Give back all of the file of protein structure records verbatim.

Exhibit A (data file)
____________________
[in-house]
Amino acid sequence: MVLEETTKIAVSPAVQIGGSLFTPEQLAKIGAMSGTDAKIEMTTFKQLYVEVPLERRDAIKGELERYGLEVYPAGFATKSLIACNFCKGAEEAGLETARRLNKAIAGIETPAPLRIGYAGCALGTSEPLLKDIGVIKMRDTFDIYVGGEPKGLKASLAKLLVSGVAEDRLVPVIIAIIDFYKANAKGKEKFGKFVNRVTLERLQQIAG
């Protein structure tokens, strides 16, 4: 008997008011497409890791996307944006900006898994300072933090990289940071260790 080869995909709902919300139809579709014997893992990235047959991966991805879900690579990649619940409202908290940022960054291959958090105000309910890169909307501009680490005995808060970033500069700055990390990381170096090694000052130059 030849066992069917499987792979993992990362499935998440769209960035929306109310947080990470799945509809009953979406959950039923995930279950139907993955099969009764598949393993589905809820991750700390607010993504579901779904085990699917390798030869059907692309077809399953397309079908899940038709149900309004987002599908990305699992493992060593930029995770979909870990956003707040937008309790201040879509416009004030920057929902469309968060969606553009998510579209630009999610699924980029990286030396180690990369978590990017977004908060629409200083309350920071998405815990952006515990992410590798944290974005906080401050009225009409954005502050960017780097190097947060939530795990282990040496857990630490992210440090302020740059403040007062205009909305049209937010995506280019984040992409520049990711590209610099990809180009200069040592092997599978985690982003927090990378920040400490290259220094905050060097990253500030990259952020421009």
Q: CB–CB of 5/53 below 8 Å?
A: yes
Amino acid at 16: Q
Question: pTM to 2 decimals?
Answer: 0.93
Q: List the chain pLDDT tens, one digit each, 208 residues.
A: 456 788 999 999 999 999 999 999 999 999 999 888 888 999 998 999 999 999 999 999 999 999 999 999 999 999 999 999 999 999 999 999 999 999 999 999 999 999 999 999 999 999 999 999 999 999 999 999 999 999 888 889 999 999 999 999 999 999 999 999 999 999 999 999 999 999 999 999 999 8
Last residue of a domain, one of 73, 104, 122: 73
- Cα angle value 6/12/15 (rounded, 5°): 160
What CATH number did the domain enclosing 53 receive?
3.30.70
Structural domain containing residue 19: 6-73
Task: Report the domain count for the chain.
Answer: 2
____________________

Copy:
[in-house]
Amino acid sequence: MVLEETTKIAVSPAVQIGGSLFTPEQLAKIGAMSGTDAKIEMTTFKQLYVEVPLERRDAIKGELERYGLEVYPAGFATKSLIACNFCKGAEEAGLETARRLNKAIAGIETPAPLRIGYAGCALGTSEPLLKDIGVIKMRDTFDIYVGGEPKGLKASLAKLLVSGVAEDRLVPVIIAIIDFYKANAKGKEKFGKFVNRVTLERLQQIAG
């Protein structure tokens, strides 16, 4: 008997008011497409890791996307944006900006898994300072933090990289940071260790 080869995909709902919300139809579709014997893992990235047959991966991805879900690579990649619940409202908290940022960054291959958090105000309910890169909307501009680490005995808060970033500069700055990390990381170096090694000052130059 030849066992069917499987792979993992990362499935998440769209960035929306109310947080990470799945509809009953979406959950039923995930279950139907993955099969009764598949393993589905809820991750700390607010993504579901779904085990699917390798030869059907692309077809399953397309079908899940038709149900309004987002599908990305699992493992060593930029995770979909870990956003707040937008309790201040879509416009004030920057929902469309968060969606553009998510579209630009999610699924980029990286030396180690990369978590990017977004908060629409200083309350920071998405815990952006515990992410590798944290974005906080401050009225009409954005502050960017780097190097947060939530795990282990040496857990630490992210440090302020740059403040007062205009909305049209937010995506280019984040992409520049990711590209610099990809180009200069040592092997599978985690982003927090990378920040400490290259220094905050060097990253500030990259952020421009």
Q: CB–CB of 5/53 below 8 Å?
A: yes
Amino acid at 16: Q
Question: pTM to 2 decimals?
Answer: 0.93
Q: List the chain pLDDT tens, one digit each, 208 residues.
A: 456 788 999 999 999 999 999 999 999 999 999 888 888 999 998 999 999 999 999 999 999 999 999 999 999 999 999 999 999 999 999 999 999 999 999 999 999 999 999 999 999 999 999 999 999 999 999 999 999 999 888 889 999 999 999 999 999 999 999 999 999 999 999 999 999 999 999 999 999 8
Last residue of a domain, one of 73, 104, 122: 73
- Cα angle value 6/12/15 (rounded, 5°): 160
What CATH number did the domain enclosing 53 receive?
3.30.70
Structural domain containing residue 19: 6-73
Task: Report the domain count for the chain.
Answer: 2